Determining an actual value for medical services performed by family physicians has long been a point of contention, with those services too often being reimbursed at a lower rate than those offered by subspecialists. Now, one government commission is exploring ways to make the Medicare payment system more balanced.
Members of the Medicare Payment Advisory Commission (MedPAC) acknowledged this disparity during a recent meeting, when they discussed how to reduce the gap in Medicare payment between primary care physicians and their subspecialist colleagues.
In a report to the commission(www.medpac.gov), MedPAC staff noted that the Medicare fee schedule contains distortions in value that lead to underpayment for primary care. The report recommended repealing the sustainable growth rate formula and replacing it with an updated fee schedule that includes higher payments for primary care.
To gauge the size of the payment gap, MedPAC began collecting survey data from a small number of physician practices regarding the number of hours worked compared with their recorded fee schedule time. Six different specialties participated in the survey: family medicine, cardiology, orthopedics, oncology, urology and radiology.
- Members of the Medicare Payment Advisory Commission (MedPAC) recently acknowledged that the method for determining payment for physician services needs to be updated.
- MedPAC contracted with a research agency to analyze the number of hours a physician actually spends working compared with the Medicare physician fee schedule time.
- The commission is seeking alternate ways to determine the real value of a physician's services.
Initial results revealed that the ratio of fee schedule time versus hours worked per day was the lowest for family medicine and urology. Cardiology and orthopedics reported a nearly 2:1 ratio, which implies that the time assigned by the fee schedule was twice that of hours actually worked.
Medicare payments to physicians are largely guided by one body, known as the AMA/Specialty Society Relative Value Scale Update Committee (RUC). Comprising 31 members, most of whom are subspecialists, the RUC is a private entity that advises Medicare on the value of all physician services. The cost of a medical procedure as calculated by the RUC is based on several factors, including an estimated time required for the procedure to be completed, that together form what the RUC terms relative value units (RVUs). CMS is not legally bound to follow the RUC's recommendations, but one study indicated it adopts the committee's recommendations about 90 percent of the time.
Critics of the method said that the calculation does not account for technology updates that have reduced the time required for many procedures. Even though the technology makes it more efficient to provide the service, they say, the payment levels for such services remain largely unchanged.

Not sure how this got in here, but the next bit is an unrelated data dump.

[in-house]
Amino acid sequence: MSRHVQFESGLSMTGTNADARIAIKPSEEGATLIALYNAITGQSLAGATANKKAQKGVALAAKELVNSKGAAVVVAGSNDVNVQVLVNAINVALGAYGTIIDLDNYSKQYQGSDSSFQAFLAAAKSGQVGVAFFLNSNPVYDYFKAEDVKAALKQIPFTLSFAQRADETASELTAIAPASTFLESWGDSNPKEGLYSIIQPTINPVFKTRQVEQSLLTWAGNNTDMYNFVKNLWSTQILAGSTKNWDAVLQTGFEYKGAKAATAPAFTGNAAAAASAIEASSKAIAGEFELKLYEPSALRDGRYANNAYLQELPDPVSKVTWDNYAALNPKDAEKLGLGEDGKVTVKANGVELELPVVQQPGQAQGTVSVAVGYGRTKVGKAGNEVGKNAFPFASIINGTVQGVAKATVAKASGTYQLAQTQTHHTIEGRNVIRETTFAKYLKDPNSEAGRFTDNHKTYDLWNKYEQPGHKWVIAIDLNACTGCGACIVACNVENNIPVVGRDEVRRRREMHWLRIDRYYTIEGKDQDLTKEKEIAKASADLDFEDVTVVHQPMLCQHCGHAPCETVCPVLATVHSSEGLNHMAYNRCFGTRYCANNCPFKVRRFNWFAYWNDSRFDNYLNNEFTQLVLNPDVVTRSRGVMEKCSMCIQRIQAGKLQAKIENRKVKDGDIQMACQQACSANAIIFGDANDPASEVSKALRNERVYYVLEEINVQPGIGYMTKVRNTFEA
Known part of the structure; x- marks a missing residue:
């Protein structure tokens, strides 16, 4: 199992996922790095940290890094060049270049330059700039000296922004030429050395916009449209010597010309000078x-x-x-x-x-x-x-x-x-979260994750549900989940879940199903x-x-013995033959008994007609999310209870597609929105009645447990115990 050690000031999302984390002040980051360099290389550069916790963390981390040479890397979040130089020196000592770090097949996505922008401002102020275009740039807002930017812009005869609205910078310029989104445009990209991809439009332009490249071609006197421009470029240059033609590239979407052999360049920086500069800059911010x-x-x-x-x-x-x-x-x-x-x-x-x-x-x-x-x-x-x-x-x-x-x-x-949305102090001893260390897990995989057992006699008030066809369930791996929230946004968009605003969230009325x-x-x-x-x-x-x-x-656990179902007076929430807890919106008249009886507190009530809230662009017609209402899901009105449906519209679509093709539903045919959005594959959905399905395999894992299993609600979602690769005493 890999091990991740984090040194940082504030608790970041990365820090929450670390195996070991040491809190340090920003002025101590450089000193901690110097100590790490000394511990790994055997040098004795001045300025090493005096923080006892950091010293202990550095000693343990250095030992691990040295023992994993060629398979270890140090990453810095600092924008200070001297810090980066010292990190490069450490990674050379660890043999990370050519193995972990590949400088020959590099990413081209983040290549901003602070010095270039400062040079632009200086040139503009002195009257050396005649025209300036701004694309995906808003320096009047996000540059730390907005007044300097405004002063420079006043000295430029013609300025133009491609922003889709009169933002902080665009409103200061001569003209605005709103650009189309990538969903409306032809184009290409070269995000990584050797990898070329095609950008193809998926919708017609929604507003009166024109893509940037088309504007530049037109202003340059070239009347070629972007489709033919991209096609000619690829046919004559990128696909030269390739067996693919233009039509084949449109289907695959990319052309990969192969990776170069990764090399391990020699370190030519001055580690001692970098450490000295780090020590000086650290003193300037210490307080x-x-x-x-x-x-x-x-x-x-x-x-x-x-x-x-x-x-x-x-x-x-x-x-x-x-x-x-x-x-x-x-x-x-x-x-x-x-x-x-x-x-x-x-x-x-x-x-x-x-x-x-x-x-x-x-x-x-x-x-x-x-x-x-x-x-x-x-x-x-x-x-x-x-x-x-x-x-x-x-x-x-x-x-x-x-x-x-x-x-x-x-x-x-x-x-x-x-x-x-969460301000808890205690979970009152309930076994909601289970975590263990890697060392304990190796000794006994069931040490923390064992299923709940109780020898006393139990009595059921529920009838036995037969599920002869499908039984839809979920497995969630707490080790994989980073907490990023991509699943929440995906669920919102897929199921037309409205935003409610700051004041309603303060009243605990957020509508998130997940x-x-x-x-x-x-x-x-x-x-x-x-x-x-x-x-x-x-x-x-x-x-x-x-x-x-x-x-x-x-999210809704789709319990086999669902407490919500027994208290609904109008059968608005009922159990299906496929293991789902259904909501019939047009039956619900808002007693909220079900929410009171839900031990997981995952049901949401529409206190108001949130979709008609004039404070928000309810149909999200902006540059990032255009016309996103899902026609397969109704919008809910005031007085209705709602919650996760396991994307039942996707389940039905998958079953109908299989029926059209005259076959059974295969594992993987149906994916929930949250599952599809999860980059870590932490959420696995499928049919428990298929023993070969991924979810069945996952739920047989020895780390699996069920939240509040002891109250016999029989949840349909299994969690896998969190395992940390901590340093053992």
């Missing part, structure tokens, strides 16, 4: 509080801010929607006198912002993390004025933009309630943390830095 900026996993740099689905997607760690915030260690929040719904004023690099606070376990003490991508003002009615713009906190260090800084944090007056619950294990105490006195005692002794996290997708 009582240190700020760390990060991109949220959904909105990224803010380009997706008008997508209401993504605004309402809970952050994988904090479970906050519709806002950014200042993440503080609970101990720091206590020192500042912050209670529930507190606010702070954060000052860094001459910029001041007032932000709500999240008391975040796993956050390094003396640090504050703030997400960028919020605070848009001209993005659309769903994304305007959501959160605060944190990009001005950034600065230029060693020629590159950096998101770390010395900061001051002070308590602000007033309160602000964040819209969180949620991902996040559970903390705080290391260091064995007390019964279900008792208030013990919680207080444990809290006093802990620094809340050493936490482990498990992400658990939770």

Noting that the overall intent is to make the relative value scale more accurate, MedPAC Chair Glenn Hackbarth, J.D., said CMS should develop an internal resource that could provide advice and make recommendations on relative value measurements. Yet despite such calls for change, the commission does not plan to make a formal recommendation about reforming the scale for RVUs at this time, he stated.
According to MedPAC policy analyst Kevin Hayes, Ph.D., the disparity between the value of primary care services versus those provided by other specialties began in the 1990s. By 2000, he said, there was a rapid rise in the volume of imaging and testing being conducted for less invasive procedures.
When Commissioner Katherine Baicker, Ph.D., asked what quality control method could be used to track a physician's time, Hayes suggested the commission could use daily logs but acknowledged that doing so could lead to possible bias because physicians might make adjustments knowing their hours were being closely monitored.
Complicating the picture is the fact that Medicare has 7,000 codes for medical services, so evaluating the merits of every procedure presents an overwhelming task for the commission. "I think what we learned is to not focus on 7,000 services, but focus on 700 or 70 and be more efficient," Commissioner Jack Hoadley, Ph.D., observed.
Several commission members professed to be skeptical about assigning a relative value to physician services, given the ongoing changes in the delivery of care.
"RVU methodology works in today's world," said Commissioner Craig Samitt, M.D. "As we move to value-based delivery of care, paying for primary care based on RVUs quickly becomes an unsustainable model. In a value-based world, there are different services that we are not reimbursing for."
Other members agreed that a simple calculation using time as a measurement of efficiency often fails to capture the actual value of a particular procedure. Yet previous attempts to identify a replacement method have met with limited success.
"I feel like Rip Van Winkle," said Commissioner Jay Crosson, M.D. "Years ago, we came up with the idea that we should look at efficient physicians, ones who are on salary and are not working on a fee-for-service basis. It seemed simple, but it wasn't."